FBAR vs 8938
FBAR vs 8938: When it comes to international reporting and offshore disclosure of foreign assets, accounts, investments, and income, the two most important forms for U.S. Persons to be in compliance with are the FBAR (Foreign Bank and Financial Account Reporting aka FinCEN form 114) and FATCA form 8938 (Foreign Account Tax Compliance Act). While these two forms are similar — and may overlap with respect to certain reporting — they are not mutually exclusive from one another.
Depending on the type of offshore assets and accounts — along with the values of the different categories of assets — some taxpayers may have to file one or both forms each year.
With the IRS taking an aggressive stance on matters involving international and offshore reporting compliance, it is important to remain in compliance.
If you are not currently in compliance, you may consider one of the offshore tax amnesty programs to get into compliance.
We will summarize the five (5) key differences between these two forms:
Threshold for FBAR & Form 8938 Reporting
The threshold requirements for reporting these two different forms vary based on a number of different factors.
As to the FBAR specifically, the threshold remains constant. When a U.S. person (including individuals, entities, trusts and/or estates) has an annual aggregate total for all of their foreign accounts (not per account) that exceeds $10,000 USD on any given day of the year — they may to have to report the FBAR.
Conversely, the 8938 the threshold requirements vary depending on whether a person is a U.S. resident or a foreign resident.
In addition, the threshold for reporting the Form 8938 will also vary based on whether the person is filing single/married filing separate (MFS) or married filing jointly (MFJ).
FBAR & Form 8938 Due Date For Reporting
At the current time this article was written, the FBAR is on automatic extension each year for filing.
Technically, the FBAR is due on April 15th. But, the FBAR is an automatic extension until October 15th (October 31st for 2019’s FBAR). By “automatic extension,” it means that the filer does not need to file a separate request for extension in order to extend the FBAR filing due date to October.
On the other hand, the form 8938 is filed at the time a person files their tax return, and is not on automatic extension.
If the person files an extension for filing their tax return, the time to file Form 8938 also goes on extension.
*These rules are subject to change.
Tax Return Filing Requirement (FBAR & 8938)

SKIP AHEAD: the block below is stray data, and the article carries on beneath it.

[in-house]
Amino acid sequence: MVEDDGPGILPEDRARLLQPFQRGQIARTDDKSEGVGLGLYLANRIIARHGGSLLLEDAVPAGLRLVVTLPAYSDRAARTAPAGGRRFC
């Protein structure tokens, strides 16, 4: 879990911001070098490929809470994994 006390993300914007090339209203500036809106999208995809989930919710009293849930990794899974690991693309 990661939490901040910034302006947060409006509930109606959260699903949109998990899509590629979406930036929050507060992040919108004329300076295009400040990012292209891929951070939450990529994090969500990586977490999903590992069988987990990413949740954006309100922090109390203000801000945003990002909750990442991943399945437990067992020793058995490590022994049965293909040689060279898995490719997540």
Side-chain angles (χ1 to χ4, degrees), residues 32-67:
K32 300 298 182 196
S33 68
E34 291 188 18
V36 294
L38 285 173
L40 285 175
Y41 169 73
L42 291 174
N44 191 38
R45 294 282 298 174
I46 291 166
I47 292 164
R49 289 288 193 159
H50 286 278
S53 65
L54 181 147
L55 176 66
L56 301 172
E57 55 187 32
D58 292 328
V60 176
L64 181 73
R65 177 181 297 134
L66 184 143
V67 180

One of the more confusing aspects of the FBAR and 8938 form is under what circumstances do the forms have to be filed.
For example, the FBAR must be filed when a U.S. person meets the reporting threshold — whether or not they have to file a tax return in that year.
For example, if Scott has $700,000 in foreign accounts but no U.S. tax return filing requirement — he still has to file the FBAR to report the accounts
The form 8938 is different. This form is only filed when a tax return is filed.
Therefore, if Michelle is not required to file a tax return in the current year, she would not have to file form 8938 in the current year either — even if she otherwise met the threshold requirement for filing the Form 8938. Likewise, Michelle is not required to file a tax return solely for the purpose of lodging a Form 8938.
Form 8938 Assets vs FBAR Accounts
While there is much overlap between the two different forms as to what must be included on the form — the reporting requirements are not identical.
Therefore, it is important to note the different accounts and asset types and categories that a person has before submitting the forms and/or duplicating the assets from one form onto the other form — if a person has to file both in the current tax year.
One example is stock certificates.
While stock certificates are required to be filed on form 8938 as an asset, individual stock certificates are not included on the FBAR. Stock accounts on the other hand, would be included on the FBAR — since it is a type of account.
Form 8938 and FBAR Penalties
The penalties for both of these forms vary.
The form 8938 penalties start at $10,000, and based on the continuing failure to file can go up to an additional $50,000.
The FBAR penalties will range extensively based on the number of accounts and whether the person was deemed willful or non-willful.
Many jurisdictions are split as to whether penalties are issued per form or per account, and whether or not there is a $100,000 maximum willful penalty (adjusts for inflation).
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